Horace once described Tibullus, in a letter addressed to the elegiac poet, as ‘silently strolling through the healthy woods, pondering on the problems that matter most’ (Ep. 1. 4. 4–5 taciturn silvas inter reptare salubris ∣ curantem quidquid dignum sapiente bonoque est), and this is a view of Tibullus which underlies, in some form or another, most modern approaches to his poetry. After all, Tibullus is singularly dedicated to his concerns of love and the countryside, expressed with directness and simplicity in a style which is, as Quintilian says (x 1. 93), particularly ‘polished and elegant’ (elegia quoque Graecos provocamus, cuius mihi tersus atque elegans maxime videtur auctor Tibullus).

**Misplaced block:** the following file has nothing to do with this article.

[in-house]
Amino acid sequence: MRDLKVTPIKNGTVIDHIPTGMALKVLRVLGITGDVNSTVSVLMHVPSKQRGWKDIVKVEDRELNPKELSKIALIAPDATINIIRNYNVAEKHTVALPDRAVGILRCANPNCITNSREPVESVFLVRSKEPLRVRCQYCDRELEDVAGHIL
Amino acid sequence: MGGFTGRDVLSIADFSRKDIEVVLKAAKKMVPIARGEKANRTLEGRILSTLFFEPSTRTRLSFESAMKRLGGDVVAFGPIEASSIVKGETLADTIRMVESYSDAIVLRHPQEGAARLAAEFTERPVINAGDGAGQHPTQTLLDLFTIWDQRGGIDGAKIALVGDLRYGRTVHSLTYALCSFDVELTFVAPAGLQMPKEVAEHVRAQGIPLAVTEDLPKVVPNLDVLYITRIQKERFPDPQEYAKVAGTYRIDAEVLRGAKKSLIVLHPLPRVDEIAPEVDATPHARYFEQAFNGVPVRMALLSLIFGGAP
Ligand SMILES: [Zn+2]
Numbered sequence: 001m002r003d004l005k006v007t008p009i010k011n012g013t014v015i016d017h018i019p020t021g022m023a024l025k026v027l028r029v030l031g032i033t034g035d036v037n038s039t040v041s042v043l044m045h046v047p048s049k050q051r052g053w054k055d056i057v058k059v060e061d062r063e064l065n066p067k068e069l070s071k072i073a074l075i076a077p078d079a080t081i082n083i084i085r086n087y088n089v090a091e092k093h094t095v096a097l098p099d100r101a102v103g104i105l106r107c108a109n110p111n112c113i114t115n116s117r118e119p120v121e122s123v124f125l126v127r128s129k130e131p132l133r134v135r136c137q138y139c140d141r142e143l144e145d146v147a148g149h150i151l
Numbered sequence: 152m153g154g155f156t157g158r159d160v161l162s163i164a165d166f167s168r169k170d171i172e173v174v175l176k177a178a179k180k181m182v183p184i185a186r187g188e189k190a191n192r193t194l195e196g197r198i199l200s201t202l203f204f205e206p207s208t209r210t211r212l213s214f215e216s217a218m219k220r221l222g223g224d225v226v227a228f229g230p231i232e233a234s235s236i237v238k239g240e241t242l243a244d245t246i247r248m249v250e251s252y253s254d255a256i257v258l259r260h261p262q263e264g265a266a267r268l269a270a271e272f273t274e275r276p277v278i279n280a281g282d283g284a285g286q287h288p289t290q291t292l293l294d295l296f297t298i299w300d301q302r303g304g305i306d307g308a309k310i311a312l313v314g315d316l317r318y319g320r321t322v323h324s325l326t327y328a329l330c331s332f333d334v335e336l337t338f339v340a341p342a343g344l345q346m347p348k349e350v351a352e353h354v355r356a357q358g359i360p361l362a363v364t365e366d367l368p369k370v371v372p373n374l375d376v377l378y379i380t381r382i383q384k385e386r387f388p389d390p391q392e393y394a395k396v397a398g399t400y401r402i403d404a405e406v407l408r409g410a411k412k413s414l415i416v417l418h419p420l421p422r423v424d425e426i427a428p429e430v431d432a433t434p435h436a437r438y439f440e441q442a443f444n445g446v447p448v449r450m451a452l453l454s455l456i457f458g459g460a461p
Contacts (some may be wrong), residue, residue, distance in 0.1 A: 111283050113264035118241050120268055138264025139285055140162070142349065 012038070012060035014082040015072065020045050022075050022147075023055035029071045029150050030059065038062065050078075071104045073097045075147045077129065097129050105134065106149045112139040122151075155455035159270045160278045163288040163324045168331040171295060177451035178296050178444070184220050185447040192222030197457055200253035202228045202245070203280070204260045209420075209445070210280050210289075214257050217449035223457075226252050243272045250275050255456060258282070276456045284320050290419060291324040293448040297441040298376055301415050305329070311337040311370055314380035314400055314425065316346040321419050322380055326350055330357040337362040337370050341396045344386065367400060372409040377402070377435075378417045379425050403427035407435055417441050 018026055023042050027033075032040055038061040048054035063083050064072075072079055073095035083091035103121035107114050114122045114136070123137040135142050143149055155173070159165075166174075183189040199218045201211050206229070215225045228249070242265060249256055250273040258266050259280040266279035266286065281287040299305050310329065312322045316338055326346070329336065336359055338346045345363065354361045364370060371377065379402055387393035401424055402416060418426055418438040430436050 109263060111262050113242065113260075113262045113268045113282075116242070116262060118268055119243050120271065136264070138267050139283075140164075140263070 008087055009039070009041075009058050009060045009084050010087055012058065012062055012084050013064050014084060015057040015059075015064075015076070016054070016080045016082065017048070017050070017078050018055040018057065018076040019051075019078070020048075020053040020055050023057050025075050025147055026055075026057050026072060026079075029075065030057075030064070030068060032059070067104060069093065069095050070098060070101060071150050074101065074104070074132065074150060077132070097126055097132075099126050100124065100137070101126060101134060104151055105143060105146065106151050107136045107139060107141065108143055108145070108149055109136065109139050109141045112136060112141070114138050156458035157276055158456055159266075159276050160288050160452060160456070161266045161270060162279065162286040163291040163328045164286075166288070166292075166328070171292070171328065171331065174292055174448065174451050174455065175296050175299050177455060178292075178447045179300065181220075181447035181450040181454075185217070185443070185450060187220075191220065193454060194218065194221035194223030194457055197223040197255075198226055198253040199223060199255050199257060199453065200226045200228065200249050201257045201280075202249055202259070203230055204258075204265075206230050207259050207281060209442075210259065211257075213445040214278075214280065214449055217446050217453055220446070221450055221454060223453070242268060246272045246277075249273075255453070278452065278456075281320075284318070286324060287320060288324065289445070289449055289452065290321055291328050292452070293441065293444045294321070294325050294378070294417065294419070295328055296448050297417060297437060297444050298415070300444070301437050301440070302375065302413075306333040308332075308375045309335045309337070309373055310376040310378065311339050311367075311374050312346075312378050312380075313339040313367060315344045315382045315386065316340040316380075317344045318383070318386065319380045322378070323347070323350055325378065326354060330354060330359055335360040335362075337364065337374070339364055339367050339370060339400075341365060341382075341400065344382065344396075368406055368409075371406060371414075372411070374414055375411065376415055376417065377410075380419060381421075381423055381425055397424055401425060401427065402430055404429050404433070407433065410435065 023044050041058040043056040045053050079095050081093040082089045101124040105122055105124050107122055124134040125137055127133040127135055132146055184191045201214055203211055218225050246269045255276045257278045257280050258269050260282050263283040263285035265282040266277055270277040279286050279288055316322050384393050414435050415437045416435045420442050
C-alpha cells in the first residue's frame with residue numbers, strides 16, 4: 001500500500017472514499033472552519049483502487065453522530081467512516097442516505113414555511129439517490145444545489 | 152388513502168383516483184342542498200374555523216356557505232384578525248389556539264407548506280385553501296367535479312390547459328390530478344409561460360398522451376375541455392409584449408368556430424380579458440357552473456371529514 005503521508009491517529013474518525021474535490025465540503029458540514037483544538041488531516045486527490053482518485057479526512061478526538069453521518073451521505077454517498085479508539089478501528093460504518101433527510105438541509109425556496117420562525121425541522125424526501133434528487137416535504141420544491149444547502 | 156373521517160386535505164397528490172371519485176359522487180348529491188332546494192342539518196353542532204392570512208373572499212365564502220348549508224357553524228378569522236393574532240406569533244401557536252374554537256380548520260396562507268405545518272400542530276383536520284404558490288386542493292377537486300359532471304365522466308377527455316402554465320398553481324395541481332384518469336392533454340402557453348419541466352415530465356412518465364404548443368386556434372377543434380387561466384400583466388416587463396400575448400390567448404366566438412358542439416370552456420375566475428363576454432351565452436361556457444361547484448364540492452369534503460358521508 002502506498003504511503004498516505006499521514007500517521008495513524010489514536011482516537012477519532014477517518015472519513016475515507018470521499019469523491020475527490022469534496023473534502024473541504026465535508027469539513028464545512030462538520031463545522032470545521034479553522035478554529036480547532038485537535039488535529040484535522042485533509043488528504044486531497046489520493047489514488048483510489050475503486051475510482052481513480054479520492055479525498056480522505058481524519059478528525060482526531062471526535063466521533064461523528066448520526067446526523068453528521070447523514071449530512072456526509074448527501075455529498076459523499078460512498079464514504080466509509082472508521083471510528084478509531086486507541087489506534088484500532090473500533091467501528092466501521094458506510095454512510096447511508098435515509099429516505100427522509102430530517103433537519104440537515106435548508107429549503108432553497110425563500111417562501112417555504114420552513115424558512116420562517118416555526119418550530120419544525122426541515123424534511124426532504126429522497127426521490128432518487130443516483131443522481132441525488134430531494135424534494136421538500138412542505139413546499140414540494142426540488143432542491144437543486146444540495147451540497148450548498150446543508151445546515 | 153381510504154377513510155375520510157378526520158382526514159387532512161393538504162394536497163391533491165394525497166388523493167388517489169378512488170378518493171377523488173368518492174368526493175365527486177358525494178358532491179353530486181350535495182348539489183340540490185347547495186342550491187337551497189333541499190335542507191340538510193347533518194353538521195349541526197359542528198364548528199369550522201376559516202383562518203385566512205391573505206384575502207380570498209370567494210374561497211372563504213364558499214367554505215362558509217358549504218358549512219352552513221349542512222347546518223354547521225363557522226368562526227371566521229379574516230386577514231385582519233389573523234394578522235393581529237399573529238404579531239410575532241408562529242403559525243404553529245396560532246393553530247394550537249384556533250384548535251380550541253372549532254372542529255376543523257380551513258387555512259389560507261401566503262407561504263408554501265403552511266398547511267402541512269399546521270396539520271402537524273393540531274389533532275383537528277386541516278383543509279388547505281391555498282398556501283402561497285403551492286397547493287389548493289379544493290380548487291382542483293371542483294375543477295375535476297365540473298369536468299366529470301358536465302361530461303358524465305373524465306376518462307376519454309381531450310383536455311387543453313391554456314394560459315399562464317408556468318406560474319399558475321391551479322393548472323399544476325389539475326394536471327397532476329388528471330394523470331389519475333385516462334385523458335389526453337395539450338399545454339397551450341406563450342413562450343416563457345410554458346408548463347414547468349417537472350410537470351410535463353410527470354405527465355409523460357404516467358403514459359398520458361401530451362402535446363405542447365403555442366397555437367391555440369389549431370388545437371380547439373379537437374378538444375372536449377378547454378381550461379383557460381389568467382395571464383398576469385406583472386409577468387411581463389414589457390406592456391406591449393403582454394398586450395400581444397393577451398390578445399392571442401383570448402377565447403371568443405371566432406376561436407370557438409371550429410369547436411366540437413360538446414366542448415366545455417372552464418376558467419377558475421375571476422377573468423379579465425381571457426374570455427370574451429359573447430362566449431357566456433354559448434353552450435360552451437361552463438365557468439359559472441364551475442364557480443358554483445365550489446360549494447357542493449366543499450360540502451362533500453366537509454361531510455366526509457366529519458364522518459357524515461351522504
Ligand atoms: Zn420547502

Of his own activity as a poet, and how he saw himself in relation to other writers, he says very little. At 2. 4. 13 ff., in one of love's despairs, he exclaims:
nec prosunt elegi nec carminis auctor Apollo:
illa cava pretium flagitat usque manu.
ite procul, Musae, si non prodestis amanti:…
ad dominam faciles aditus per carmina quaero:
ite procul, Musae, si nihil ista valent.